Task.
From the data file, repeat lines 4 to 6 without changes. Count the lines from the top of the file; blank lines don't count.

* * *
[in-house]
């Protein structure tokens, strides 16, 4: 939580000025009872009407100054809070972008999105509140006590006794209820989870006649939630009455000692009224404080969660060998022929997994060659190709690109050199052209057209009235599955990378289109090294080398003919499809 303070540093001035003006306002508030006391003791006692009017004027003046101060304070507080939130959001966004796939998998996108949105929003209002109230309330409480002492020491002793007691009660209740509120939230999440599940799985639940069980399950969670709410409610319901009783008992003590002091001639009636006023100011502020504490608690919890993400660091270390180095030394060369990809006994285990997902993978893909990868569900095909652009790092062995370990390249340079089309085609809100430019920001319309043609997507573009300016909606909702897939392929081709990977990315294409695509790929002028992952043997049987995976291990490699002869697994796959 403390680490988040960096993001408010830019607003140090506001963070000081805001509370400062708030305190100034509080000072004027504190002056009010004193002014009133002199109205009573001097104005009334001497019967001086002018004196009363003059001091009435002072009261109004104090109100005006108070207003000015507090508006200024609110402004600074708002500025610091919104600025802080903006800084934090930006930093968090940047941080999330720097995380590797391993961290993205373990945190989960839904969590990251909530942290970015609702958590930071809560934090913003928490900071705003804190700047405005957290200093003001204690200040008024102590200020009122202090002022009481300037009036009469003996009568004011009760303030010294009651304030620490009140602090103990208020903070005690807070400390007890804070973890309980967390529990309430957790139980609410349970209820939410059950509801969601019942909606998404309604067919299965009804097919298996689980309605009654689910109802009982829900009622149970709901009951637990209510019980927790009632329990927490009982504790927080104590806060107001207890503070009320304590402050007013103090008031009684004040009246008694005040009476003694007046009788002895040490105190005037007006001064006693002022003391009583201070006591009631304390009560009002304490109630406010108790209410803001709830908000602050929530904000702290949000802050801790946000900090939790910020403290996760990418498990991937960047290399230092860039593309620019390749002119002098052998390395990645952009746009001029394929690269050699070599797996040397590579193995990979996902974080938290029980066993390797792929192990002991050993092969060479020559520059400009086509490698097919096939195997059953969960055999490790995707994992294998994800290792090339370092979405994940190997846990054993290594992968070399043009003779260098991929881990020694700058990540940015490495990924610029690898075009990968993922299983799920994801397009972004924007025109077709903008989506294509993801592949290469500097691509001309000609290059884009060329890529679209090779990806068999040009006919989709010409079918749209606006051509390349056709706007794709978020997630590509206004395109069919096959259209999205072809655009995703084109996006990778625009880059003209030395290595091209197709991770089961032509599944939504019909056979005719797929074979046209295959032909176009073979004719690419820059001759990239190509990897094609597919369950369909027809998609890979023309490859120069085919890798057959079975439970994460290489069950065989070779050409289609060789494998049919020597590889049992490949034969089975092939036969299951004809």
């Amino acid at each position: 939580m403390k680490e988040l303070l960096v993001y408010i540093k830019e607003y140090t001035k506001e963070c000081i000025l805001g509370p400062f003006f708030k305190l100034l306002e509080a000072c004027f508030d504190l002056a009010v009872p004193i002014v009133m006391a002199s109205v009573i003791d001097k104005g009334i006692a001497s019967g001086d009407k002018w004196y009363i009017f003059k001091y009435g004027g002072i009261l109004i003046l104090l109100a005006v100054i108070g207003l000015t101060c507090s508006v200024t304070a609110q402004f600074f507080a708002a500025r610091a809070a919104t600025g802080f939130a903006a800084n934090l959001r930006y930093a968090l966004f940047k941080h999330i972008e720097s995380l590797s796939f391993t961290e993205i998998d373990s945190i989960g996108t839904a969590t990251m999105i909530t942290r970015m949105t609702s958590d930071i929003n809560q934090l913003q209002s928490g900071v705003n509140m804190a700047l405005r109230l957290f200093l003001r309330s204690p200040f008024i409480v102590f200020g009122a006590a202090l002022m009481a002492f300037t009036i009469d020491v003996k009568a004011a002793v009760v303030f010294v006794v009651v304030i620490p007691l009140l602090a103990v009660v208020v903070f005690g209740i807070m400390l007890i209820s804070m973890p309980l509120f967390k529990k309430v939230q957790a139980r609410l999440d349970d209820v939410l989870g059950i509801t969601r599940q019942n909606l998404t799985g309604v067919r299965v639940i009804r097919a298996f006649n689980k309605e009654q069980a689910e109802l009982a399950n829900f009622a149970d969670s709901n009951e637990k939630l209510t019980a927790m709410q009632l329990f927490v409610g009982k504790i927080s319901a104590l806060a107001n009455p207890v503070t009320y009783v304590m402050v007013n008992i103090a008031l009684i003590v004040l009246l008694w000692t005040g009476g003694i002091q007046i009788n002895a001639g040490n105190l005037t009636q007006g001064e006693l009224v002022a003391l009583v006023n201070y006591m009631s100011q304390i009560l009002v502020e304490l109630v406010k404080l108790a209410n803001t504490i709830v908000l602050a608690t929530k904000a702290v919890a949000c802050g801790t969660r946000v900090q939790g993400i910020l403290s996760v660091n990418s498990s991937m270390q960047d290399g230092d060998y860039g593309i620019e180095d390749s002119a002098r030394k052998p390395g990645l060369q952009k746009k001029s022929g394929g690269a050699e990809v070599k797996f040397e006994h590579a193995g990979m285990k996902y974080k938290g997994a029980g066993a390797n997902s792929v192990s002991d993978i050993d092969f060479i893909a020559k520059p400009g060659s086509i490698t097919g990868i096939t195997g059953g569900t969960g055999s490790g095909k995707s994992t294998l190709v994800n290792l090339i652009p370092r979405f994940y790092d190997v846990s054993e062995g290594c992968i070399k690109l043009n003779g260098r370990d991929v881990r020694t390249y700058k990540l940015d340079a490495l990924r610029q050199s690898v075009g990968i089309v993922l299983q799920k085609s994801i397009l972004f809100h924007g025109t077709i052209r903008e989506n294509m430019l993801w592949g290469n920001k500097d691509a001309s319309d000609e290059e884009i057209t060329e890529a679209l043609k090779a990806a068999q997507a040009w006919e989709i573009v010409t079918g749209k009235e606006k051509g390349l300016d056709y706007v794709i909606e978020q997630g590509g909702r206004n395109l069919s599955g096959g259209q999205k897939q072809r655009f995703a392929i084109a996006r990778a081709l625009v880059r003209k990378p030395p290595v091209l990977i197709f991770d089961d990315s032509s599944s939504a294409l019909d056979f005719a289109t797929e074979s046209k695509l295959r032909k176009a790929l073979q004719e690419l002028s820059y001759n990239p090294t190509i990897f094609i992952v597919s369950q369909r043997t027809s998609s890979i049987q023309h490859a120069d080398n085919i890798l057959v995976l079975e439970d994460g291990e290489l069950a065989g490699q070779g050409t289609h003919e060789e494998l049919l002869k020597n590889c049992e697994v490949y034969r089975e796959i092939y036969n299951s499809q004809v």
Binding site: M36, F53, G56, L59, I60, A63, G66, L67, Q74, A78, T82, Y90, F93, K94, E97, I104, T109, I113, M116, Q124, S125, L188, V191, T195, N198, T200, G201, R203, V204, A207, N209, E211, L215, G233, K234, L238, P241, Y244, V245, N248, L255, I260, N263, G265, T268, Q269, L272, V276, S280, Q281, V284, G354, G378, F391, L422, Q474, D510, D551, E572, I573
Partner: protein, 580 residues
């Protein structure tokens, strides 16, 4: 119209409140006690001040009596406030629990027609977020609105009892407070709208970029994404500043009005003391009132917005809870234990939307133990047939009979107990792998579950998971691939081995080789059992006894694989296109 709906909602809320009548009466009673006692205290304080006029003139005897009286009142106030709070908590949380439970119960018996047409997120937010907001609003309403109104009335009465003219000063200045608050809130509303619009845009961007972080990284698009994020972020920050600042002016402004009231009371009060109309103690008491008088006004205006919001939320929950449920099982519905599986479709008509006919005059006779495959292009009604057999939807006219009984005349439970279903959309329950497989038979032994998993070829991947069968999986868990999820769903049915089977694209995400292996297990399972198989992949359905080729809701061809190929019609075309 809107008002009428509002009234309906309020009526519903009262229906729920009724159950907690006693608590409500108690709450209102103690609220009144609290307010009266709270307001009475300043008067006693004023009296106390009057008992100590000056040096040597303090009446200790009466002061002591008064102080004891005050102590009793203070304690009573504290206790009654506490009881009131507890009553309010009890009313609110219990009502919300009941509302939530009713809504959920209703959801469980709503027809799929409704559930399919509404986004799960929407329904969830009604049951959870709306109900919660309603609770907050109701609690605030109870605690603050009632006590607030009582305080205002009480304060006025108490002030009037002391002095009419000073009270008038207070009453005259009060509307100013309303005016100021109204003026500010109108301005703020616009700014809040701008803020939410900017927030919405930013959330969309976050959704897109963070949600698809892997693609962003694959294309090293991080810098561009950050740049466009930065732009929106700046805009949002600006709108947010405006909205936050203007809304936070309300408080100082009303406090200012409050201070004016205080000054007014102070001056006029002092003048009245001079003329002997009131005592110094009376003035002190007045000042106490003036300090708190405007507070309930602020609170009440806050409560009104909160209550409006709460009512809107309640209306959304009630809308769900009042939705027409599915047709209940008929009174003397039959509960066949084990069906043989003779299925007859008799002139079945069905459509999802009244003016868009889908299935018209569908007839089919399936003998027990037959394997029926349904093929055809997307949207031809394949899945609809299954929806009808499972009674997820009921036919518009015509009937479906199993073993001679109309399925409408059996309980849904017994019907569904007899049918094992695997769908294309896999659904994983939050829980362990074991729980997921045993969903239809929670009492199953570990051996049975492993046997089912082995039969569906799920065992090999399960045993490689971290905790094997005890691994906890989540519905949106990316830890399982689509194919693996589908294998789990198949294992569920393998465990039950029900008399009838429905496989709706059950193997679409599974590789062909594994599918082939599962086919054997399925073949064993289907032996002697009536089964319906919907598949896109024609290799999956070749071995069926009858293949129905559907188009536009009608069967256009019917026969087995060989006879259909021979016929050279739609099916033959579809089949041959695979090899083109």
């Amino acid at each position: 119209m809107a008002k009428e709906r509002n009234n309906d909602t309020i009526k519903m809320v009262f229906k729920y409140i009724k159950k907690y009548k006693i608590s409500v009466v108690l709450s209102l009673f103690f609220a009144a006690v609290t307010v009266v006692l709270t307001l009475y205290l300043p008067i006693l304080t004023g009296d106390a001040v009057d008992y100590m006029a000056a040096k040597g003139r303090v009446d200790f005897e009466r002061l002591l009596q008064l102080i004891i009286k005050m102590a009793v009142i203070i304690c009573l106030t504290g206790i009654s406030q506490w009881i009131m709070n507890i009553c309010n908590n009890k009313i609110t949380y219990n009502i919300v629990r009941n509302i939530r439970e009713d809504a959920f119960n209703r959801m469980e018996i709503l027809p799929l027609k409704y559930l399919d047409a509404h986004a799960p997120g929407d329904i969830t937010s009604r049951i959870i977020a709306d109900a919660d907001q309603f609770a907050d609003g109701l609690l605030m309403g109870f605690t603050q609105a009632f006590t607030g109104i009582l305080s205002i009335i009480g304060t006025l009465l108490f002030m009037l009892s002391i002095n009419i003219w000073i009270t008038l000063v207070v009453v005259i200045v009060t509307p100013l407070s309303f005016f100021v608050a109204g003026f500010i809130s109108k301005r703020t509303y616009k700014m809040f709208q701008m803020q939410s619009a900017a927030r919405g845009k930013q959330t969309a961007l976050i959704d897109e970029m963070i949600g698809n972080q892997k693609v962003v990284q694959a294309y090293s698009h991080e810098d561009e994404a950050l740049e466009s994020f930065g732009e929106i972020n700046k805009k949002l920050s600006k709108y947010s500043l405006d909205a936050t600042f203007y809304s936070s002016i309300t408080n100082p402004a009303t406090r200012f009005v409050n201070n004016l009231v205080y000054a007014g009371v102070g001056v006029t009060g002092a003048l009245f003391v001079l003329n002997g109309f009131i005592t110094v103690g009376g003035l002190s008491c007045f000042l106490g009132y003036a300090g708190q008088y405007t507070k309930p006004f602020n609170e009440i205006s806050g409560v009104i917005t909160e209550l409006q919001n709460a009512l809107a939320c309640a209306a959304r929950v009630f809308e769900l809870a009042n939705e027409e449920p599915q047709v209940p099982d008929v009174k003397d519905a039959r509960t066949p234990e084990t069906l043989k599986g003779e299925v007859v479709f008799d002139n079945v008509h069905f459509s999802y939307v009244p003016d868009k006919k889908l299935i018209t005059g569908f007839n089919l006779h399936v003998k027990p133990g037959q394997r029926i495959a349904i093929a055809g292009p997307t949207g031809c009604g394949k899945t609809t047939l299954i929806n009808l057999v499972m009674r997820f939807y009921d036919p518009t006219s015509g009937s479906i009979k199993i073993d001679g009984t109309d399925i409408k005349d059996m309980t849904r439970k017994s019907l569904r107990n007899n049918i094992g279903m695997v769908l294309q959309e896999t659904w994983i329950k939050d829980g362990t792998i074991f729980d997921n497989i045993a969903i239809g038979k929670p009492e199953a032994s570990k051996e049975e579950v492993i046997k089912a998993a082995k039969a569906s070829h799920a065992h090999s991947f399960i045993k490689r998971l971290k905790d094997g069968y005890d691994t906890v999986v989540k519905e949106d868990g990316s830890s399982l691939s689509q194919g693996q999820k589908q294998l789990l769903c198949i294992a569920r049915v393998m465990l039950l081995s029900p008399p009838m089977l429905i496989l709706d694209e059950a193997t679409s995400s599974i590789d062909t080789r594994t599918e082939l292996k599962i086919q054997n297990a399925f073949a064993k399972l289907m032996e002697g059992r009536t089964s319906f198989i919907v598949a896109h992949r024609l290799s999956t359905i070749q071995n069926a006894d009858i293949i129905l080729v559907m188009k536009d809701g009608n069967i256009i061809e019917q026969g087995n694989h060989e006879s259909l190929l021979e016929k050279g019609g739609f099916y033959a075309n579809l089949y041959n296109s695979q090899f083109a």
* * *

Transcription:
Binding site: M36, F53, G56, L59, I60, A63, G66, L67, Q74, A78, T82, Y90, F93, K94, E97, I104, T109, I113, M116, Q124, S125, L188, V191, T195, N198, T200, G201, R203, V204, A207, N209, E211, L215, G233, K234, L238, P241, Y244, V245, N248, L255, I260, N263, G265, T268, Q269, L272, V276, S280, Q281, V284, G354, G378, F391, L422, Q474, D510, D551, E572, I573
Partner: protein, 580 residues
């Protein structure tokens, strides 16, 4: 119209409140006690001040009596406030629990027609977020609105009892407070709208970029994404500043009005003391009132917005809870234990939307133990047939009979107990792998579950998971691939081995080789059992006894694989296109 709906909602809320009548009466009673006692205290304080006029003139005897009286009142106030709070908590949380439970119960018996047409997120937010907001609003309403109104009335009465003219000063200045608050809130509303619009845009961007972080990284698009994020972020920050600042002016402004009231009371009060109309103690008491008088006004205006919001939320929950449920099982519905599986479709008509006919005059006779495959292009009604057999939807006219009984005349439970279903959309329950497989038979032994998993070829991947069968999986868990999820769903049915089977694209995400292996297990399972198989992949359905080729809701061809190929019609075309 809107008002009428509002009234309906309020009526519903009262229906729920009724159950907690006693608590409500108690709450209102103690609220009144609290307010009266709270307001009475300043008067006693004023009296106390009057008992100590000056040096040597303090009446200790009466002061002591008064102080004891005050102590009793203070304690009573504290206790009654506490009881009131507890009553309010009890009313609110219990009502919300009941509302939530009713809504959920209703959801469980709503027809799929409704559930399919509404986004799960929407329904969830009604049951959870709306109900919660309603609770907050109701609690605030109870605690603050009632006590607030009582305080205002009480304060006025108490002030009037002391002095009419000073009270008038207070009453005259009060509307100013309303005016100021109204003026500010109108301005703020616009700014809040701008803020939410900017927030919405930013959330969309976050959704897109963070949600698809892997693609962003694959294309090293991080810098561009950050740049466009930065732009929106700046805009949002600006709108947010405006909205936050203007809304936070309300408080100082009303406090200012409050201070004016205080000054007014102070001056006029002092003048009245001079003329002997009131005592110094009376003035002190007045000042106490003036300090708190405007507070309930602020609170009440806050409560009104909160209550409006709460009512809107309640209306959304009630809308769900009042939705027409599915047709209940008929009174003397039959509960066949084990069906043989003779299925007859008799002139079945069905459509999802009244003016868009889908299935018209569908007839089919399936003998027990037959394997029926349904093929055809997307949207031809394949899945609809299954929806009808499972009674997820009921036919518009015509009937479906199993073993001679109309399925409408059996309980849904017994019907569904007899049918094992695997769908294309896999659904994983939050829980362990074991729980997921045993969903239809929670009492199953570990051996049975492993046997089912082995039969569906799920065992090999399960045993490689971290905790094997005890691994906890989540519905949106990316830890399982689509194919693996589908294998789990198949294992569920393998465990039950029900008399009838429905496989709706059950193997679409599974590789062909594994599918082939599962086919054997399925073949064993289907032996002697009536089964319906919907598949896109024609290799999956070749071995069926009858293949129905559907188009536009009608069967256009019917026969087995060989006879259909021979016929050279739609099916033959579809089949041959695979090899083109």